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Jazz boards are a classic common-fail item in Whirlpool refrigerators, so important to know the right way to go about troubleshooting them. The good news is that they operate on the same principles that all control boards do, so if you know your basic electricity and troubleshooting principles, making big money off of these is a snap.
This is exactly the kind of stuff we teach in our Core Appliance Repair Training Course over at the Master Samurai Tech Academy. If you want a taste of that g
We techs rely on accurate technical documentation to do our jobs. You can't make a troubleshooting plan or make meaningful electrical measurements without a good schematic. But what do you do when your technical info contradicts itself?
Let's take a look at this Whirlpool refrigerator, specifically focusing on the evaporator fan. Here it is on the schematic, marked up for your viewing pleasure:
Looks like a standard 120 VAC fan motor. But now, let's take a look at some of the wri
In this excerpt from one of the many technical training webinar recordings available to our members, we cover two tricky areas that have tripped up many a tech: deciphering an unclear schematic, and decoding a convoluted customer problem description. Both of these are essential skills for any tech, since if you mess up either of these steps, the entire rest of your troubleshooting will be thrown out of whack.
The troubleshooting framework that we're using in this video is our patented Ten-S
Our scenario today is a dryer that heats intermittently. Blitzing through the Ten-Step Tango, we select the heating element as our LOI.
But how do we test the heater's power supply? Do we have to start tearing things apart to do our tests?
If you've been around Appliantology long enough or taken our courses over at Master Samurai Tech, then you'll know that the answer is, of course, "no". Instead, we've just got to look at the schematic and pick some clever test points.
We had a great webinar this past Sunday all about troubleshooting a Thermador wall oven with a cooling fan that wouldn't run. Lots of vital tech know-how covered in this one, like how to structure your troubleshooting flow, identify loads and switches on schematics, and perform useful and meaningful tests that will lead you to the correct solution.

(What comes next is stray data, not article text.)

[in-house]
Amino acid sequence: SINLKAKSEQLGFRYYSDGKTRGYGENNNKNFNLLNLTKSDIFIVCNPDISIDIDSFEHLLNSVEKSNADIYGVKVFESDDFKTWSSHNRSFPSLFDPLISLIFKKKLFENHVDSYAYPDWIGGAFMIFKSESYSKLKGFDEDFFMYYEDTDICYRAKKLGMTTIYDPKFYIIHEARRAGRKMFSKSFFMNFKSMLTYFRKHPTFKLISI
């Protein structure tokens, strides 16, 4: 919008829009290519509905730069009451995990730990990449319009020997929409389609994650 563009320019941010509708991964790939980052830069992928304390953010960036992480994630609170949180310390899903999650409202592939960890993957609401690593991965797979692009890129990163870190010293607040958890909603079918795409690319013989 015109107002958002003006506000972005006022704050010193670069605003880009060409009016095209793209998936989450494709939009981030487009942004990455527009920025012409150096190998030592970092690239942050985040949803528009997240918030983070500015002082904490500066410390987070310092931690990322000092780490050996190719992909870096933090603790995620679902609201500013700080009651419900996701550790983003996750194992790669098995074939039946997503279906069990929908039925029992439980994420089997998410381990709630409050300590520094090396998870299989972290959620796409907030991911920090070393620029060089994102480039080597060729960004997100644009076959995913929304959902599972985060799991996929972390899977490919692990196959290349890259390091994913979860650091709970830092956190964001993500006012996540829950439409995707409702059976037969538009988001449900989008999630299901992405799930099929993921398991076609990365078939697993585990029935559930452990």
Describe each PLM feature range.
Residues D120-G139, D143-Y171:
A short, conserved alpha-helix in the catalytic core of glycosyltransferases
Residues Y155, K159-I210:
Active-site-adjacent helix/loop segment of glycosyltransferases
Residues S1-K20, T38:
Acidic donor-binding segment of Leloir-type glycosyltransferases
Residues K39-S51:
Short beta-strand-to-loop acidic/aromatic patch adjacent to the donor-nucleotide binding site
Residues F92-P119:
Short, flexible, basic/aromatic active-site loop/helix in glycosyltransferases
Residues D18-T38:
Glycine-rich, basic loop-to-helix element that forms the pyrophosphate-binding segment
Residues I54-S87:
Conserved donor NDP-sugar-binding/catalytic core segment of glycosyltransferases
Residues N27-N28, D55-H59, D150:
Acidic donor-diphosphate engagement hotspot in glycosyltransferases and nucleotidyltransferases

In this short excerpt from the recording of that webinar, we talk about using the schematic to identify EEPs for your testing -- no unnecessary
We've got a toughie for you to figure out today. The tech in this scenario has been out on this dryer multiple times now, and the problem just won't go away. The heating element keeps going open, and the timer motor keeps stalling and not completing cycles. He's verified a good 240 VAC power supply to the timer and replaced both parts multiple times, but the problem keeps recurring every few months. What gives?
Let's board the train away from PCM-Land and use one of our foundational trouble
Manufacturers do sometimes help us techs out -- Samsung has been putting on training sessions pretty regularly both for their own models, and for Dacor-branded models as well (Samsung acquired Dacor a few years back, for those who don't know). While a lot of how we troubleshoot is by understanding the principles that are common to all appliances, you always need a bit of info specific to the appliance you're working on. In particular, information about the exact implementation of the technology
We've got dozens of hours of webinar recordings here at Appliantology covering all kinds of appliance repair troubleshooting strategies and technologies, ranging from the very advanced to the fundamental. This short excerpt from one of our many recordings covers the basic, but crucial concepts you must understand to troubleshoot an appliance with a control board -- even on seemingly "weird" brands like Samsung --including:
How to read and troubleshoot with board pinouts
How do DC
We've got an interesting one for you today -- take a look at the "IDI Motor" in this schematic: